AIM: To establish an evidence-based dietetics service in an in-centre haemodialysis unit utilising implementation science.
METHODS: The service was developed through the Knowledge-to-Action Framework. The steps of the Action Cycle were addressed through a literature review, identification of evidence-based guidelines, benchmarking and local staff engagement. The theoretical domains framework (TDF) was used to identify barriers/enablers, and behaviour change wheel to determine appropriate interventions. To monitor, evaluate outcomes and assess sustained knowledge use we employed multidisciplinary team engagement and database use. Audit data were collected at baseline, 6 and 12 months on nutrition assessment (Patient-Generated Subjective Global Assessment), intervention timeliness and alignment to dietetic workforce recommendations. Descriptive statistics, McNemar tests and a linear mixed model were applied.
RESULTS: Barriers existed in the knowledge, skills, environmental context and resources TDF domains. Suitable interventions were identified with training on nutritional management of haemodialysis patients delivered to 148 nurses, and nutrition management recommendations summarised into local procedural resources. A database to prompt and monitor outcome measures was created and indicated that over 18 months post-service commencement, eligible patients received nutrition assessment at least 6-monthly, aligning with recommendations. Prevalence of malnutrition was 28% (n = 9/32) at baseline, 23% (n = 5/22) at 6 months and 20% (n = 4/20) at 12 months (P = 0.50).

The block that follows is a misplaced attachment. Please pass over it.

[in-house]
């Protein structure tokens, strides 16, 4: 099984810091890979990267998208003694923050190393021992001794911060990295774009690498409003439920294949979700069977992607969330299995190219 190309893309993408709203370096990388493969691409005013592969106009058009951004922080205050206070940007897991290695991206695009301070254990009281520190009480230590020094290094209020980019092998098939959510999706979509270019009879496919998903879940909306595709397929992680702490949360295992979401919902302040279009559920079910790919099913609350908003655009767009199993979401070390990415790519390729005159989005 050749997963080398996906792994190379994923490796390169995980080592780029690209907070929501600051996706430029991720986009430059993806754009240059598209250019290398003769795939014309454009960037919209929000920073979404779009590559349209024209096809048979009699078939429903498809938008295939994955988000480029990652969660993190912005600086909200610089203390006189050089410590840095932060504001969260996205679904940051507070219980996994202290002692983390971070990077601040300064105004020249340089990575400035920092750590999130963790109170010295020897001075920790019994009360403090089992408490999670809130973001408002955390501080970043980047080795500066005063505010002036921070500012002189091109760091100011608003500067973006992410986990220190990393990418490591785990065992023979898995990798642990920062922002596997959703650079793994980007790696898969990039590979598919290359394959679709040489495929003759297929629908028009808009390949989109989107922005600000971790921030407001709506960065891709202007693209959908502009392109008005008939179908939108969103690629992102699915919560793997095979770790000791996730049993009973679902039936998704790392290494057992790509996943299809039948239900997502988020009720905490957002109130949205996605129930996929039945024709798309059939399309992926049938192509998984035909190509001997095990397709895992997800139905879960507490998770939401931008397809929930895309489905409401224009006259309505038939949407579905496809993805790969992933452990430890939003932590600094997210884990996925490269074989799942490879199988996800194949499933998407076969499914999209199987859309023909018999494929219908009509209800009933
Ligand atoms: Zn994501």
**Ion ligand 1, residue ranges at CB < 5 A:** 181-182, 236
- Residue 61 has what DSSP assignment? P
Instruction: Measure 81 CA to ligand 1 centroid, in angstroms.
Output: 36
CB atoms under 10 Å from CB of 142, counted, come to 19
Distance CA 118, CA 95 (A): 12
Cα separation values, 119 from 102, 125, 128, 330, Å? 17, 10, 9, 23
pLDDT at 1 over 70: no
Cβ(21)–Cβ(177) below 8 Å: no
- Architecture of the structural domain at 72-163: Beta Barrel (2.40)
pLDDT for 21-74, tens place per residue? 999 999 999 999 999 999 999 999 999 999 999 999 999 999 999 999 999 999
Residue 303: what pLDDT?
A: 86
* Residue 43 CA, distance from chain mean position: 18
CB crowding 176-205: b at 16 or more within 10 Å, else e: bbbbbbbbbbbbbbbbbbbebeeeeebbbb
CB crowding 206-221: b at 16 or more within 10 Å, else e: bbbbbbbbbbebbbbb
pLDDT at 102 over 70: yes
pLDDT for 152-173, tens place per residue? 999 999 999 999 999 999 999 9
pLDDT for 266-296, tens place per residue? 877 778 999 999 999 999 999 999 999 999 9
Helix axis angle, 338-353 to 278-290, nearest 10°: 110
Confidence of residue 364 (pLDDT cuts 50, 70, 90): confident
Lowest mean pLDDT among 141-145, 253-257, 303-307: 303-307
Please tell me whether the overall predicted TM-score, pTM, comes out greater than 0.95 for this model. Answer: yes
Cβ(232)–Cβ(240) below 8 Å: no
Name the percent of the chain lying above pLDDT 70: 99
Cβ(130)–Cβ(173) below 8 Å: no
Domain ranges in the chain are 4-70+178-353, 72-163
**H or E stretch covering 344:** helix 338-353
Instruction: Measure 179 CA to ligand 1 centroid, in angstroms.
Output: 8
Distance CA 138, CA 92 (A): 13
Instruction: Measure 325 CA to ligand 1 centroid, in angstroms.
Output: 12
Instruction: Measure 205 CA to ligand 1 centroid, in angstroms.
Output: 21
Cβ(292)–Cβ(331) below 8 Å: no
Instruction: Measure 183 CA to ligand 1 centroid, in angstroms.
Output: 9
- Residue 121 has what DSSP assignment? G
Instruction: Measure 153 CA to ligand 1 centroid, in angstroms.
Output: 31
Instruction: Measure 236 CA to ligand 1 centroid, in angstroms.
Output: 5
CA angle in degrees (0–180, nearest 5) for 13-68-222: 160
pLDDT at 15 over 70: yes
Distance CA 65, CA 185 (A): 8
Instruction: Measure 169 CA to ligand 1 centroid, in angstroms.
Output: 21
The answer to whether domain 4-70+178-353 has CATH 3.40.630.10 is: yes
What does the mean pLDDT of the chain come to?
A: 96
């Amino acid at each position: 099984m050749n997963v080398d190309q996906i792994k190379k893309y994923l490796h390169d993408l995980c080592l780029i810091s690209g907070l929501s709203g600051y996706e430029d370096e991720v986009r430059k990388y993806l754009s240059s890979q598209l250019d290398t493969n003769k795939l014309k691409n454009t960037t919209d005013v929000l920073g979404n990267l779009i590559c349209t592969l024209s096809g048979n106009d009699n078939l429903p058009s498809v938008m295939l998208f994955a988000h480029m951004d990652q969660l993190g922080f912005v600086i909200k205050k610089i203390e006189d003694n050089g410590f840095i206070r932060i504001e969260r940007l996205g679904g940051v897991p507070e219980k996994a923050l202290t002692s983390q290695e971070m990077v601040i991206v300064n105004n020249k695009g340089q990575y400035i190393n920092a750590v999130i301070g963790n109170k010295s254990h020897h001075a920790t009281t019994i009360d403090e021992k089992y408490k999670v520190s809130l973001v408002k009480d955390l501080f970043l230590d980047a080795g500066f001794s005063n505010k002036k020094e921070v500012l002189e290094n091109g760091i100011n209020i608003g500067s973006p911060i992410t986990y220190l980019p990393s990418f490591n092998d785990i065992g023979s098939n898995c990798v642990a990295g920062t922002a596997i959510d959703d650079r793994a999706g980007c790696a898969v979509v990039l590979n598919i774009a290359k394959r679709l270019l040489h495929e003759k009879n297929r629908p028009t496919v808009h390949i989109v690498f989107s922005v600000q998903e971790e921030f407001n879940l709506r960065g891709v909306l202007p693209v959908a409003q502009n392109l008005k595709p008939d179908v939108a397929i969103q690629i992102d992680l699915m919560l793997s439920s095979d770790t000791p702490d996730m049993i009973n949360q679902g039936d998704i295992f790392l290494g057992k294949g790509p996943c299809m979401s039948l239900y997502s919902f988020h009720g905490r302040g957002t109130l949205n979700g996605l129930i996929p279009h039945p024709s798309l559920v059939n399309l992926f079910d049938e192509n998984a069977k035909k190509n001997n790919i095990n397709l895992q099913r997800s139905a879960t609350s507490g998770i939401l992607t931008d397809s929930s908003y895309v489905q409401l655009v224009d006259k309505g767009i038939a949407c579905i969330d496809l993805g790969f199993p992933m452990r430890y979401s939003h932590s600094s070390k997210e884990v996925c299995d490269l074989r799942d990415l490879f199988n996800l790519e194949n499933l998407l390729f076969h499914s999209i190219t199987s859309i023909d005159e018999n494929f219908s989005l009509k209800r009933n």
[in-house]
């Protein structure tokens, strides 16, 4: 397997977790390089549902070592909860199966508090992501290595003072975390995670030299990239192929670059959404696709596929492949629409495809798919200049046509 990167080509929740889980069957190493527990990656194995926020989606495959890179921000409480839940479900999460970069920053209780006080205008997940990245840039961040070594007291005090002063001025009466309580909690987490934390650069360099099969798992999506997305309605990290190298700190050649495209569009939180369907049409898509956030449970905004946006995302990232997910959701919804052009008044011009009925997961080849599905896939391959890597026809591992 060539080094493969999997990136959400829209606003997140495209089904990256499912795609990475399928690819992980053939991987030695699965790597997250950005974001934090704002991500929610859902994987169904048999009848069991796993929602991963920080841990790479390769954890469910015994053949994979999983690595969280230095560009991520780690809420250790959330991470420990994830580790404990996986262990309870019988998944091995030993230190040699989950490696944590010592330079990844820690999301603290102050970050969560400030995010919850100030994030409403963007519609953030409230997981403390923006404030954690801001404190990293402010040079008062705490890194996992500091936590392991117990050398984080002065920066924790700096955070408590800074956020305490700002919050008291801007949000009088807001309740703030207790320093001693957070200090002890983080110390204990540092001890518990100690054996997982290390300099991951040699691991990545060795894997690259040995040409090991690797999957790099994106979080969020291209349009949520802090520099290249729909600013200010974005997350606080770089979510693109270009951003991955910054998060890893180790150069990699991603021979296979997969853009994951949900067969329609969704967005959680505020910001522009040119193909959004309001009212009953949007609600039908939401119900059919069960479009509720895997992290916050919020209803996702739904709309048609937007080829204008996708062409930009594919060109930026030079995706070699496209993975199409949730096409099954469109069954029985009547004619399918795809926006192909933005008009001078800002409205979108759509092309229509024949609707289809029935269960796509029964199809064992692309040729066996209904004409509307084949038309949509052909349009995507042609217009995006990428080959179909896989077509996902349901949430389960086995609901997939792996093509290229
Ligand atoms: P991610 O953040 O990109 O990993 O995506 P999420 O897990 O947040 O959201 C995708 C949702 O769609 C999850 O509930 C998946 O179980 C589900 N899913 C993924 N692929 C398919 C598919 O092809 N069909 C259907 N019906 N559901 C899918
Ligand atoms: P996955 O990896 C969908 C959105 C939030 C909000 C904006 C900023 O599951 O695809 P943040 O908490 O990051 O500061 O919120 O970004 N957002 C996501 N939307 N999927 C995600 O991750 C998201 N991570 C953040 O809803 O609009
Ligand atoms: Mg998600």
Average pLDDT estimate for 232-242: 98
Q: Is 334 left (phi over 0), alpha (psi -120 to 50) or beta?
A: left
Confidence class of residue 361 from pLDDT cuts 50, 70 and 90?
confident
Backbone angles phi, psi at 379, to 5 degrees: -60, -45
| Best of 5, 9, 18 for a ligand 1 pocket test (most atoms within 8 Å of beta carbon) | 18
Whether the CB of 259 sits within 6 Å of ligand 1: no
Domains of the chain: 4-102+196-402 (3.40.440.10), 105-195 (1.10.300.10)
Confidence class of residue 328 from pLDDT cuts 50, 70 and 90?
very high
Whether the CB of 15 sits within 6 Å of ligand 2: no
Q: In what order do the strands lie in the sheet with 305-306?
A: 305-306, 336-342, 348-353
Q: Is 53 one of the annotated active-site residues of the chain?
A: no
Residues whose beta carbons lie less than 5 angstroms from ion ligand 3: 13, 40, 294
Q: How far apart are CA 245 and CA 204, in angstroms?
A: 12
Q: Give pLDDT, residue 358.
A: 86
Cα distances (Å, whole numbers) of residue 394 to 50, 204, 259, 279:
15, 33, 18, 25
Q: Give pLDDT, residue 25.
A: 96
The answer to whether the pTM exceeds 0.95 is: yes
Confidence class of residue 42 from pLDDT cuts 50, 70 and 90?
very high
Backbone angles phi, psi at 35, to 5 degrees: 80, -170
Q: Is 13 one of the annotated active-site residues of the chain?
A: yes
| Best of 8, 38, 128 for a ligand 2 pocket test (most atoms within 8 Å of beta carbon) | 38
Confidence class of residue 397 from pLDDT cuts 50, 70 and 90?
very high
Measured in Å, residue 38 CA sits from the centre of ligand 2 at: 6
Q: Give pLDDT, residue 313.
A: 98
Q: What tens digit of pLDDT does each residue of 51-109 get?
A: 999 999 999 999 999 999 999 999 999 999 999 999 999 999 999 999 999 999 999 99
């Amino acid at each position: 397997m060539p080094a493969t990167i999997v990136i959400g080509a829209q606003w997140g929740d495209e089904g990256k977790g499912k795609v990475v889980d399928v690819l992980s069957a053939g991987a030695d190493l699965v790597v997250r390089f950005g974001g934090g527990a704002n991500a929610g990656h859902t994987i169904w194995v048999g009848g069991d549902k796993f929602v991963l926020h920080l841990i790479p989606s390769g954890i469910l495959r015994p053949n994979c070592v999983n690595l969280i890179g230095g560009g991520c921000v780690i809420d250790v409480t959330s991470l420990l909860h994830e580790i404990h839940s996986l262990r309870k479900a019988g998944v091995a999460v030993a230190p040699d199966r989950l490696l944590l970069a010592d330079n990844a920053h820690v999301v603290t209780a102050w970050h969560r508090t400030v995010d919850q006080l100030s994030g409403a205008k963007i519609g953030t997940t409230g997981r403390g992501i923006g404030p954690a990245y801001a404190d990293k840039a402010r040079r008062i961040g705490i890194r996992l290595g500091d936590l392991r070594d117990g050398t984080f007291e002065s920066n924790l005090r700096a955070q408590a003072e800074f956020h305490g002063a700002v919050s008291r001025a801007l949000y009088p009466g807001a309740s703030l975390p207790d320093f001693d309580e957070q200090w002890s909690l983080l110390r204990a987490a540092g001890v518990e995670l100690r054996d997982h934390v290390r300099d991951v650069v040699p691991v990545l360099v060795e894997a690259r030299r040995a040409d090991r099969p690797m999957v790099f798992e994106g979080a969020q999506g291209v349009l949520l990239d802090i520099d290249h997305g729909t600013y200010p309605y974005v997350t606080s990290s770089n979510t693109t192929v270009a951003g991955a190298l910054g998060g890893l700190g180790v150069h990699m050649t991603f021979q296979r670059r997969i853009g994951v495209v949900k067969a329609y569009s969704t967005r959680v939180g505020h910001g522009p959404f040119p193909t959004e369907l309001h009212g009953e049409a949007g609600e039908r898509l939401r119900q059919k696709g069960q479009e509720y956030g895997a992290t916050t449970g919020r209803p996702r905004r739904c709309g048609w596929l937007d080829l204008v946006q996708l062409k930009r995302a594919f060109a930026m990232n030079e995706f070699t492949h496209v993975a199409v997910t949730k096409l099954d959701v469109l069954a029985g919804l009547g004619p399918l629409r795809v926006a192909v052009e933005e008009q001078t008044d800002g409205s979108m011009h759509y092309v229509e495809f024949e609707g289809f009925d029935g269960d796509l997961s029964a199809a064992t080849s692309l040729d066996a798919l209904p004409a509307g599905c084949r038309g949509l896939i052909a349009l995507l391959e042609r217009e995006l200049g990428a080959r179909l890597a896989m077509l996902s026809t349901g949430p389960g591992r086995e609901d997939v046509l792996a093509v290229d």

CONCLUSIONS: We demonstrated benefits to service development and implementation with implementation science providing a structured and methodical approach to translating guidelines into practice. Development of training, resources and prompts for outcome measures has supported the establishment of an evidence-based dietetics service in a haemodialysis unit.